Rovio announces layoffs: The Angry Birds empire is growing slower than expected.

The Sky Is Falling on Angry Birds

The Sky Is Falling on Angry Birds

Future Tense
The Citizen's Guide to the Future
Oct. 2 2014 6:48 PM

The Pigs Win: Angry Birds Maker Announces Layoffs

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"Maybe if I'd actually been able to fly..."

Photo by Tim Whitby/Getty Images

The birds presumably aren't the only angry ones at Angry Birds right now. Rovio, the Finnish gaming company behind the hit mobile app, said Thursday that it plans to lay off up to 130 people, or 16 percent of its workforce, after growing more slowly than expected. "We have been building our team on assumptions of faster growth than have materialized," Rovio CEO Michael Hed wrote in a blog post. "We plan to simplify our organization around our three key businesses with the highest growth potential: games, media, and consumer products."

The decision is undoubtedly a bitter one for Rovio, which in 2012 spoke ambitiously of becoming a comprehensive entertainment company that was "much bigger" than Disney. Crazy as that might sound for a relatively small organization built around plush toys and birds that seem utterly incapable of independent flight (no wonder they're dying off), in 2012 business at Rovio looked pretty good. That year, Angry Birds tallied 263 million monthly active players and reported revenue of $195 million. Sales were up 101 percent over the previous year and consumer products—toys, books, and so on—were taking off. Rovio was ready to think big.

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Unfortunately for Rovio, some time between then and now the mobile gaming industry underwent a fundamental shift. Instead of charging people up front (Angry Birds costs $0.99 in the App Store), recent smash hits like Candy Crush Saga and the Kim Kardashian Game are free to download and then make money by luring addicted fans into in-app purchases. So successful has this model been for Candy Crush that King Digital, its parent company, staged an initial public offering in March. (How it's fared since is another story.) Rovio has struggled to adapt to the new model; at last count, its monthly active players were down at least 63 million.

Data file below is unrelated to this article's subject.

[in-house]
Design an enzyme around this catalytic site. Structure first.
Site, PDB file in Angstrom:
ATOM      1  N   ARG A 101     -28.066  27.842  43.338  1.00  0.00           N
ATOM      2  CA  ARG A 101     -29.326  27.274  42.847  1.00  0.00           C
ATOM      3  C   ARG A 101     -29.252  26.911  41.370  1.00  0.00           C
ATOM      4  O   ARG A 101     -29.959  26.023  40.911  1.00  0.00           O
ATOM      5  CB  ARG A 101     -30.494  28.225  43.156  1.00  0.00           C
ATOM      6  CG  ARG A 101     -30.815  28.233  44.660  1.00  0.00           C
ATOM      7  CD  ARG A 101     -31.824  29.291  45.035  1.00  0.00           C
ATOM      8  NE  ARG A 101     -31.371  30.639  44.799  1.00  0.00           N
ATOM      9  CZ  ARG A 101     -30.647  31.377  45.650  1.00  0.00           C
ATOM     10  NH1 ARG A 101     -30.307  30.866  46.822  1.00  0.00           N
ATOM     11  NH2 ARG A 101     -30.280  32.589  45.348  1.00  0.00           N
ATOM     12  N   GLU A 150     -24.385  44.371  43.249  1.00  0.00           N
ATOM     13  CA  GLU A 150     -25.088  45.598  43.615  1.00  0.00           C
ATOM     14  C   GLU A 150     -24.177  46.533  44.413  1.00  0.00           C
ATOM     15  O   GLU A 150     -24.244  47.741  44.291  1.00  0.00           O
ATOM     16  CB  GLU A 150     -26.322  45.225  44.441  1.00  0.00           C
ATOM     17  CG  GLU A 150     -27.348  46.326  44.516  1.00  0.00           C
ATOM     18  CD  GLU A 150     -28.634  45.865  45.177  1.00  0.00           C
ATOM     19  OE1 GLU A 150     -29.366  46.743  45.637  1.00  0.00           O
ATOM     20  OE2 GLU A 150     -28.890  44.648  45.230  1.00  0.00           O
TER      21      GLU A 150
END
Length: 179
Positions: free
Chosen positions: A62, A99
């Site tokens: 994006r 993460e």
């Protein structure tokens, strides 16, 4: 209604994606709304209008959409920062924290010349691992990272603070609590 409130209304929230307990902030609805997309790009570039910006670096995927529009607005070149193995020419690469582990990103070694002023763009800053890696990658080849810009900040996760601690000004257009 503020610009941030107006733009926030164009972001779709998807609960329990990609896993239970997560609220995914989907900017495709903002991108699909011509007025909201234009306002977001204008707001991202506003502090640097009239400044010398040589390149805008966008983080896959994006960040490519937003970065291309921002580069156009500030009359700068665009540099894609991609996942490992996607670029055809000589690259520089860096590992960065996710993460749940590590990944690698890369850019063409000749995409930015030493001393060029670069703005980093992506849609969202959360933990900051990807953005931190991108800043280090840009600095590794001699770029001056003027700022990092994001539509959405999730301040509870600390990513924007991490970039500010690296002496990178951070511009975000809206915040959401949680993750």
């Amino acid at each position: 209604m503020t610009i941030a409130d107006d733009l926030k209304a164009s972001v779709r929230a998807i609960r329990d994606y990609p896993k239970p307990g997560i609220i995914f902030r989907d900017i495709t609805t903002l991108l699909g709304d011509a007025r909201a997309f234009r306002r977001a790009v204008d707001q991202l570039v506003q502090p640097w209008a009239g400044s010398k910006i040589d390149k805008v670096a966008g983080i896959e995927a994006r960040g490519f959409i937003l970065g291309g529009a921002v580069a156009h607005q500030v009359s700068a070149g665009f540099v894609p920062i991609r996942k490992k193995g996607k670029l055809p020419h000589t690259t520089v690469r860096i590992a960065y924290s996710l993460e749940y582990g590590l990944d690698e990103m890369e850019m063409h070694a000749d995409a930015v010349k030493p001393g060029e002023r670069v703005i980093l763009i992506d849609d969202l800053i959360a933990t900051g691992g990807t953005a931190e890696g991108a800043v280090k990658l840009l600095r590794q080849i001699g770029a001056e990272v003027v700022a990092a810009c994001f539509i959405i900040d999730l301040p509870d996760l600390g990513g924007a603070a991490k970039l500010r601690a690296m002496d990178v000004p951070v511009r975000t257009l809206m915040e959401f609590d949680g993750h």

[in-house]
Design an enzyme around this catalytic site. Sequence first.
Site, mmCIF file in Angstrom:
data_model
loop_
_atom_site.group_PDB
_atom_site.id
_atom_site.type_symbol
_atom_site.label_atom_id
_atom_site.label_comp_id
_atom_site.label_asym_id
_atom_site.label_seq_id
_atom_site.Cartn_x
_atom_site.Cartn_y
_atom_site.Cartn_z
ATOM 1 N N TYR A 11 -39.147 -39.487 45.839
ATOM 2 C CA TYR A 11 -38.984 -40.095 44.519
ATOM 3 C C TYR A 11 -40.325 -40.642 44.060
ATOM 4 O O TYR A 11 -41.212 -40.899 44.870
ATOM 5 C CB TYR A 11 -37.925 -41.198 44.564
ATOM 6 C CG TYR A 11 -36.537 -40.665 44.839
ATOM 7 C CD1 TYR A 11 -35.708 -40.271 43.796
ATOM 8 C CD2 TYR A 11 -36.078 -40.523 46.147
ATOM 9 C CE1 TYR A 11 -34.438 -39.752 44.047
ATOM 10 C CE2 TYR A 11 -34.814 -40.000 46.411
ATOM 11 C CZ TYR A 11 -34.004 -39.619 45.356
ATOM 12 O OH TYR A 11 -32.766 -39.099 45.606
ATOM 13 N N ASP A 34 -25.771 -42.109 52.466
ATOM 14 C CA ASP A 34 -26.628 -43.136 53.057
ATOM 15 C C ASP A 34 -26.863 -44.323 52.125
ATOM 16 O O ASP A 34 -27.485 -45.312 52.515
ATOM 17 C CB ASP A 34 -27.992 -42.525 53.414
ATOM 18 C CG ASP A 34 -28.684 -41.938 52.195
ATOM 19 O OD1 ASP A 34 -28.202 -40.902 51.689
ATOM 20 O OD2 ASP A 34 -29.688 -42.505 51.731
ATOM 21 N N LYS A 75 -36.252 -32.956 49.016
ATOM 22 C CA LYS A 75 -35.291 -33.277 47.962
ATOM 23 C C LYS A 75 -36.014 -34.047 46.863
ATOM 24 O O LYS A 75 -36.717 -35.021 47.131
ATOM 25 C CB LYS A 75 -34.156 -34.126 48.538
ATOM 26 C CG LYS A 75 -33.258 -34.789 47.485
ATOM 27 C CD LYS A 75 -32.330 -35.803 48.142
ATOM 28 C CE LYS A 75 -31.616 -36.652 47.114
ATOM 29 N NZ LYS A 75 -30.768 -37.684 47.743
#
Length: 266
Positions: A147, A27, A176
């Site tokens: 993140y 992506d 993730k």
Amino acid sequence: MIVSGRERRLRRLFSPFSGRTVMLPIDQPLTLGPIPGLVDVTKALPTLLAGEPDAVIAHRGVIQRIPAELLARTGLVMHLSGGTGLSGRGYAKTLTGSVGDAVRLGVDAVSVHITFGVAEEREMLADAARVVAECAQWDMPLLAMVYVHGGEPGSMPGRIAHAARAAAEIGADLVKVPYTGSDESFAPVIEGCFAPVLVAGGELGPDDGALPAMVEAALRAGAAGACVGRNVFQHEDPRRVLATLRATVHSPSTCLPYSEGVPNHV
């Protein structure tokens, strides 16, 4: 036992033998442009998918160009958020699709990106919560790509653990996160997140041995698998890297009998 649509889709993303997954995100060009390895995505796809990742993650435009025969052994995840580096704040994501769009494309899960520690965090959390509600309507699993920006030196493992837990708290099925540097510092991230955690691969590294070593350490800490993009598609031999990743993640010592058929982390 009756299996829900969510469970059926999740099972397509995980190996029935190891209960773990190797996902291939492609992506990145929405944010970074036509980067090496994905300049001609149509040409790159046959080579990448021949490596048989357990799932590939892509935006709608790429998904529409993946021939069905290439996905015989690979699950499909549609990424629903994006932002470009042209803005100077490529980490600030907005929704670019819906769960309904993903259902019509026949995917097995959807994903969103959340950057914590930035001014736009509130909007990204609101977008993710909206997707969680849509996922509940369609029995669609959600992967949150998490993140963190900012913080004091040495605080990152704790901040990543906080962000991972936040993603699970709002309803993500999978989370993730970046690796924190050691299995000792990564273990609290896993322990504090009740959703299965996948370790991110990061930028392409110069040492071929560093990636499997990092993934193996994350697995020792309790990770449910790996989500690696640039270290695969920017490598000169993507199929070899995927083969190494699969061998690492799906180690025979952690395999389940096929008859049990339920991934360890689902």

By now a handful of examples—Tetris, Farmville, Angry Birds, Candy Crush—have suggested that viral games have a tendency to flare up and then burn out. The companies behind them have also often proved to be one-hit wonders. Rovio thought it was different. Back in 2012, it talked of launching not just a game but a franchise, building out an Angry Birds empire that would live long after the initial gaming fad had passed. Judging from Thursday's layoff announcement, that confidence might have been a little premature.

Future Tense is a partnership of SlateNew America, and Arizona State University.

Alison Griswold is a Slate staff writer covering business and economics.